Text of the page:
You and your team were recently recognised with a Spotlight Award at the CIPD Ethnicity Pay Gap Summit. How does MAPP ensure we’re making ourselves visible and accessible to people of all backgrounds?

How we frame it is saying, ‘everybody’s welcome, and everybody’s wanted.’ It’s got to be both. 

It’s not just about people’s experiences today; it’s about the career path. We try really hard to make sure that no one is ‘Bob.Smith.11.’ In HR speak, you have something called the employee value proposition – at MAPP, we call them people pillars. One of those is that we know you–not only ‘you like rugby,’ but you’re passionate about charity or you want to be a senior facilities manager or you want to be a building manager. 

Importantly, for me, we’re not a family. We’re a community and that means we choose to be here. And we make sure our community is as broad as possible, with diversity of thought, experience and background, not just ethnicity or sexual orientation. Some people have children, some don’t. We want to know how you manage someone in a way that their differences are not seen as a barrier but rather as a gift.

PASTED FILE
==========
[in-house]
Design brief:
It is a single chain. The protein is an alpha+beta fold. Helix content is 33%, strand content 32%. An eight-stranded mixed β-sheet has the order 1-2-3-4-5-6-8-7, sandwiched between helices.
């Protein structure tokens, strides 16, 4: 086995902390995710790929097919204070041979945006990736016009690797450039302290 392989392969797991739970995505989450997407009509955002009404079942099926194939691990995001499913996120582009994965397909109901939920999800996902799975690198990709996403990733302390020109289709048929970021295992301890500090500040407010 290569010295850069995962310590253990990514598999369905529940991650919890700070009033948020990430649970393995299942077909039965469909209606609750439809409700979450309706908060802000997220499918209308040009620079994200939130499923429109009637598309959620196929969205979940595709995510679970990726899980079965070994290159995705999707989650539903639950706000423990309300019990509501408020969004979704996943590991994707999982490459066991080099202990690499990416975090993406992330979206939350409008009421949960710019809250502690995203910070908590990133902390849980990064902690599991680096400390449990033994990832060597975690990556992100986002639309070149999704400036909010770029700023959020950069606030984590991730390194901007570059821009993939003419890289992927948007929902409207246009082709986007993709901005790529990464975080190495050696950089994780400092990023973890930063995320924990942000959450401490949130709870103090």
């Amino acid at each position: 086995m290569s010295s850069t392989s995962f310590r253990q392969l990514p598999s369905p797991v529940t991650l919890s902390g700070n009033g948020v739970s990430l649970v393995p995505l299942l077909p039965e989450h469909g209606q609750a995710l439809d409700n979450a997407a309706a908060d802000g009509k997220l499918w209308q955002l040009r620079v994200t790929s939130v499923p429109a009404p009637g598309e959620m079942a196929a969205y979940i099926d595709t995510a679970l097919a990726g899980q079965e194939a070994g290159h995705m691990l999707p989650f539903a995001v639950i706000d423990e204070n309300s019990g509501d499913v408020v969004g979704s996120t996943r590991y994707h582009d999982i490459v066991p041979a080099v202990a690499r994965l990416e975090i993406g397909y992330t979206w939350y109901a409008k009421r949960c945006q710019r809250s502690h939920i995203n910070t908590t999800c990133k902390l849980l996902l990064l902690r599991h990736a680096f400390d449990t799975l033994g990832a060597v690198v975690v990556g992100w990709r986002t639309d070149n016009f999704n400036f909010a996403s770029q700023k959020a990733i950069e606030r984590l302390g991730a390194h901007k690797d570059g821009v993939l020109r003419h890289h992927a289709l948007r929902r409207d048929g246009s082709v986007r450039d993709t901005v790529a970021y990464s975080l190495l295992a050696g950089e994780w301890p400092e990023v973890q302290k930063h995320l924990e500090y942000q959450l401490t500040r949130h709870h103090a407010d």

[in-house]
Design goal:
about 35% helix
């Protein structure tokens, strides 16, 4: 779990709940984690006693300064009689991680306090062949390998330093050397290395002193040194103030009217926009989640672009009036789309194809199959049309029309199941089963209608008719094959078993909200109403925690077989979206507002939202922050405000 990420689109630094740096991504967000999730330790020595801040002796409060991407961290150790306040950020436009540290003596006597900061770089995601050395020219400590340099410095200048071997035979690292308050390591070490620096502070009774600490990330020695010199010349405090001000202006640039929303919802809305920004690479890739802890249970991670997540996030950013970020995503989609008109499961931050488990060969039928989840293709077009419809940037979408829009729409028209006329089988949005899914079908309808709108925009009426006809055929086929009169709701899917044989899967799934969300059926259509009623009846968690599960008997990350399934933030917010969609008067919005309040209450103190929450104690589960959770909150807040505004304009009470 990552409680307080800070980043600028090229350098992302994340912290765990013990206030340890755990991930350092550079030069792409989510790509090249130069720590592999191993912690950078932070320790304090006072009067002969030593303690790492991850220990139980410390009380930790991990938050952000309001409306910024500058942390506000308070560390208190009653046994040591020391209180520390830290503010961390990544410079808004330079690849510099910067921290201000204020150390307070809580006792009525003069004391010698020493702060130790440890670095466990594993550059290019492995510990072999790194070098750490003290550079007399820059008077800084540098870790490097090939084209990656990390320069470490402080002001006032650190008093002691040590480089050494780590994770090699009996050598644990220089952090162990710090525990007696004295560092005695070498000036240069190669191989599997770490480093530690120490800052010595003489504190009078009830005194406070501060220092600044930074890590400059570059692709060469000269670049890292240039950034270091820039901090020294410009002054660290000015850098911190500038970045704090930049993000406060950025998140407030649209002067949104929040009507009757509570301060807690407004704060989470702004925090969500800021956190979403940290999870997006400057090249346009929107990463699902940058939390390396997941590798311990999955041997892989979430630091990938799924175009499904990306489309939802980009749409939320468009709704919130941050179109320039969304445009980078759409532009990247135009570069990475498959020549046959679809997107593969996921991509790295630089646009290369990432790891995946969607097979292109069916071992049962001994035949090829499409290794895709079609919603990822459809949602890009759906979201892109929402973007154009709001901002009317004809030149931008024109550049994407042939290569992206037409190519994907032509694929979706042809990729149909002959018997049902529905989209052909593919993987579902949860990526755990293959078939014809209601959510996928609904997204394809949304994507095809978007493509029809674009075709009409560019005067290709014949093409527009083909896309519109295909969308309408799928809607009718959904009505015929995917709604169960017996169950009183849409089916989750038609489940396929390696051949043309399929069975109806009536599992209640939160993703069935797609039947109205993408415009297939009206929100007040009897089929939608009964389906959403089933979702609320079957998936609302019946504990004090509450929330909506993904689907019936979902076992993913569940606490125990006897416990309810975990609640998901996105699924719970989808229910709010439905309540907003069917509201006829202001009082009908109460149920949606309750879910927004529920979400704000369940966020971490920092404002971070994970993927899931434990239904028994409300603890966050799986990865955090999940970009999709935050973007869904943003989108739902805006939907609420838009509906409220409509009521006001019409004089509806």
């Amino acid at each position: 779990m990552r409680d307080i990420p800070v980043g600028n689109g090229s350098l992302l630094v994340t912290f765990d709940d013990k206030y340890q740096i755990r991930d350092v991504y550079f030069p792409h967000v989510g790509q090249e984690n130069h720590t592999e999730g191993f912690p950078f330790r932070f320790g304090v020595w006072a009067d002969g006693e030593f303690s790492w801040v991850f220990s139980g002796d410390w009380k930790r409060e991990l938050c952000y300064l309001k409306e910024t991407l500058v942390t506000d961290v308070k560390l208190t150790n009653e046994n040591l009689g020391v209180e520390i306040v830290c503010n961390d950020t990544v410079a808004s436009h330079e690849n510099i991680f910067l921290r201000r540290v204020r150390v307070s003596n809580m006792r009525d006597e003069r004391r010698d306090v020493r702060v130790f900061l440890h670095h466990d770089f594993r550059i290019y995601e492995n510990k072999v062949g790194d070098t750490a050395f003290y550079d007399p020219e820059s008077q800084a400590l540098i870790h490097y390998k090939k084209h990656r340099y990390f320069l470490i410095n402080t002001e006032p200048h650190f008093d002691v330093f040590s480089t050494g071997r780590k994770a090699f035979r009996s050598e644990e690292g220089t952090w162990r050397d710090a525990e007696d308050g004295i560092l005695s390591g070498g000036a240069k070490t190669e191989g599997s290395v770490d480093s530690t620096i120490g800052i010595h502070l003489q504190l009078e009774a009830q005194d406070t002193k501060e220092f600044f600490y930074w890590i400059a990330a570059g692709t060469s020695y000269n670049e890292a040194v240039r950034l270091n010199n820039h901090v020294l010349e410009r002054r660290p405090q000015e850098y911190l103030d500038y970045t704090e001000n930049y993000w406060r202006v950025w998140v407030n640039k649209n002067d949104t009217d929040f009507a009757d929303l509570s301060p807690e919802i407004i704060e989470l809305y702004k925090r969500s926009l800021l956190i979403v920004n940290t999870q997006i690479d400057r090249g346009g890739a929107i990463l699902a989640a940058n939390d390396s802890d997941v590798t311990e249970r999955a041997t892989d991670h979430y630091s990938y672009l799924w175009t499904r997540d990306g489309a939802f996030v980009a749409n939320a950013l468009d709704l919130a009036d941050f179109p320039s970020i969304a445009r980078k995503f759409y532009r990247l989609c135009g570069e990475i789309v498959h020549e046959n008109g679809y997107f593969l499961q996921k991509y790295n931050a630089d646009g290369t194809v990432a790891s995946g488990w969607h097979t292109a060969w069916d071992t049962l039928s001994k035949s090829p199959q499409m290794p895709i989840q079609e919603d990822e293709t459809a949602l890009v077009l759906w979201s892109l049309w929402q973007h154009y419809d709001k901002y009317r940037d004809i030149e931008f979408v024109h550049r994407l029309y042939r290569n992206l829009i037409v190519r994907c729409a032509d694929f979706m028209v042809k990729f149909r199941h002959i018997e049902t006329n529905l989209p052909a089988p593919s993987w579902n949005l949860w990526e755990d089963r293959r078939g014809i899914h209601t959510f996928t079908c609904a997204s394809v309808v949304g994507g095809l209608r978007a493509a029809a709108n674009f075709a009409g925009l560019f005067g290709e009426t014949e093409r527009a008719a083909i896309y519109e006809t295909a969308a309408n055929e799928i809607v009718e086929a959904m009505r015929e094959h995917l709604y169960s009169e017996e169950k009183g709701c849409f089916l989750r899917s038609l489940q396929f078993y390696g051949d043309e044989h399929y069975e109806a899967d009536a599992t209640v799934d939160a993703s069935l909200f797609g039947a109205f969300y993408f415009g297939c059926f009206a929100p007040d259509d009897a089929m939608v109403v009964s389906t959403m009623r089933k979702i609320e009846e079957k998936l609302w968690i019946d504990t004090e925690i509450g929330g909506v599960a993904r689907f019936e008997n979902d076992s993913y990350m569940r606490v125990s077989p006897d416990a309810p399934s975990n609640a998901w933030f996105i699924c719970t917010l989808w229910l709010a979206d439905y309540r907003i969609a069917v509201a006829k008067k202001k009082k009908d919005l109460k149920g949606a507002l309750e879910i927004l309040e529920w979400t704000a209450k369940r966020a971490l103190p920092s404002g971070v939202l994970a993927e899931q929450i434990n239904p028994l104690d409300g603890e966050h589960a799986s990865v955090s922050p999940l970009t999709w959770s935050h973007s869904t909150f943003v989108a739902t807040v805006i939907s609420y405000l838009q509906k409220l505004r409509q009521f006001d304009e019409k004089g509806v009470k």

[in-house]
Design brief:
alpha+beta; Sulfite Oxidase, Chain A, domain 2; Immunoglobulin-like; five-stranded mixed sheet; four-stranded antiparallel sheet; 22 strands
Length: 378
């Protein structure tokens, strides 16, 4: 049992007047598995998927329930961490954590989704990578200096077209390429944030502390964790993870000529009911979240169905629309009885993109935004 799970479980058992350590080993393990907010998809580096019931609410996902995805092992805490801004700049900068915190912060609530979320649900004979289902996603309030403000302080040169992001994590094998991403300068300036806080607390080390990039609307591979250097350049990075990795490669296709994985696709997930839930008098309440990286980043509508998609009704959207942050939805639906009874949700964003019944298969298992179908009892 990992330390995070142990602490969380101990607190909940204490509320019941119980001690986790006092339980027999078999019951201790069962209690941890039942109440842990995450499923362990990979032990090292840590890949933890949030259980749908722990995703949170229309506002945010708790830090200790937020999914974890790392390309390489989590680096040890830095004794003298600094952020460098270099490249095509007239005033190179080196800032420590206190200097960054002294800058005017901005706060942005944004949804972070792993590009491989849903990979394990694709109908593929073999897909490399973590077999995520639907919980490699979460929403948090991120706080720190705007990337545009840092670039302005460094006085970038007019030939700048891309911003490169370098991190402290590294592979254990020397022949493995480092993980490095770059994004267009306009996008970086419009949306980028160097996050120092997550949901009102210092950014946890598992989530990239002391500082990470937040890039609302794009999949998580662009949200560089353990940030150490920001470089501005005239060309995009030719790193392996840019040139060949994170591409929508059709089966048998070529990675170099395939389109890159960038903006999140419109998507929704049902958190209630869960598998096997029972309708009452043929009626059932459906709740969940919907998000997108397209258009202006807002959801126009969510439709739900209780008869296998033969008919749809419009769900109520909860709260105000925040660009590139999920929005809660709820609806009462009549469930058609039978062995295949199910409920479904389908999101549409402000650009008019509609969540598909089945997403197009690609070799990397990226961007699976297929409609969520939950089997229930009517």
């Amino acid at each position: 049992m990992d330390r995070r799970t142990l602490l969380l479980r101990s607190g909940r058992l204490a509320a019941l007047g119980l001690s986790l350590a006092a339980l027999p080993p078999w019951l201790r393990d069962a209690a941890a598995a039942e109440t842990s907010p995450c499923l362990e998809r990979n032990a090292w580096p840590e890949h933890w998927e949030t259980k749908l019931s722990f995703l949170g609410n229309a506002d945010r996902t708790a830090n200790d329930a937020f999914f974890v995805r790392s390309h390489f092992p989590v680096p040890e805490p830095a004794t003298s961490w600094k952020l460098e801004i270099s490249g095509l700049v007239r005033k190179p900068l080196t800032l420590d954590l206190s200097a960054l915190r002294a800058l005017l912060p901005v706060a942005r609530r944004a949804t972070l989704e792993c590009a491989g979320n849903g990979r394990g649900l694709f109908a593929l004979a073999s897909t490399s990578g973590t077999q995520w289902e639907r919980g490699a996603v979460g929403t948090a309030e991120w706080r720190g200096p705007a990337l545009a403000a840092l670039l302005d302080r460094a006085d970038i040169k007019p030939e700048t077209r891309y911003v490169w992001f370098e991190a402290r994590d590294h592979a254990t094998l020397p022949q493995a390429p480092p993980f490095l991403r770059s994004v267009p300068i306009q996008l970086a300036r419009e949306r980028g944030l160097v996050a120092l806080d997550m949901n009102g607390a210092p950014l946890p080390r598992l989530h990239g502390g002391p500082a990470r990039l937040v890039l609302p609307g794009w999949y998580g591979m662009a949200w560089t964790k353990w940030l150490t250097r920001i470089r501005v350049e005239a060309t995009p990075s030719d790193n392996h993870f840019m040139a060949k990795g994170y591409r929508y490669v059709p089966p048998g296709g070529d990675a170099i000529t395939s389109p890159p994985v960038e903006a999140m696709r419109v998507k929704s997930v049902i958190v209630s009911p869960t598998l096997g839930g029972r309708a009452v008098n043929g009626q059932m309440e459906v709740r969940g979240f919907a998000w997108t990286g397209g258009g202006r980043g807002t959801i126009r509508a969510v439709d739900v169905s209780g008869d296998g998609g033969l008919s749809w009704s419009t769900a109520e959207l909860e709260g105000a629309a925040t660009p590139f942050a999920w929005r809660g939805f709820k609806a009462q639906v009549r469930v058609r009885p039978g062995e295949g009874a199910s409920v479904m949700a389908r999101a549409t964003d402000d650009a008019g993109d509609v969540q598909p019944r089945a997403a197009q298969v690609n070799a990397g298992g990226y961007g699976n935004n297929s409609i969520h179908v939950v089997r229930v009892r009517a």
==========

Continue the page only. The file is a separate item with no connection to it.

We’ve all heard how important it is for prospective employees to see themselves represented in a company. How does your team work to ensure MAPP continues to support diversity at work beyond ticking boxes?

Historically, the norm was a social event at the pub. That automatically excludes people who choose not to drink. If you’re doing a social event at 6pm, what does it mean if you’ve got kid pickup or you’ve got caring responsibilities? Why don’t we have social events that include cake at 11 o’clock in the morning? Not everything has to meet everybody’s needs, but you’ve got to have a variety of opportunities to interact and create community. 

If we measure everybody’s ability to climb a tree like a monkey, and someone’s a fish, they’re going to fail in climbing a tree. But we want to ask, ‘Can you make progress? Can you make that better? Can you have a positive impact?’ That is where it’s exciting. The richness of that is that you’re getting different voices, and different ideas. And we get to benefit from that richness.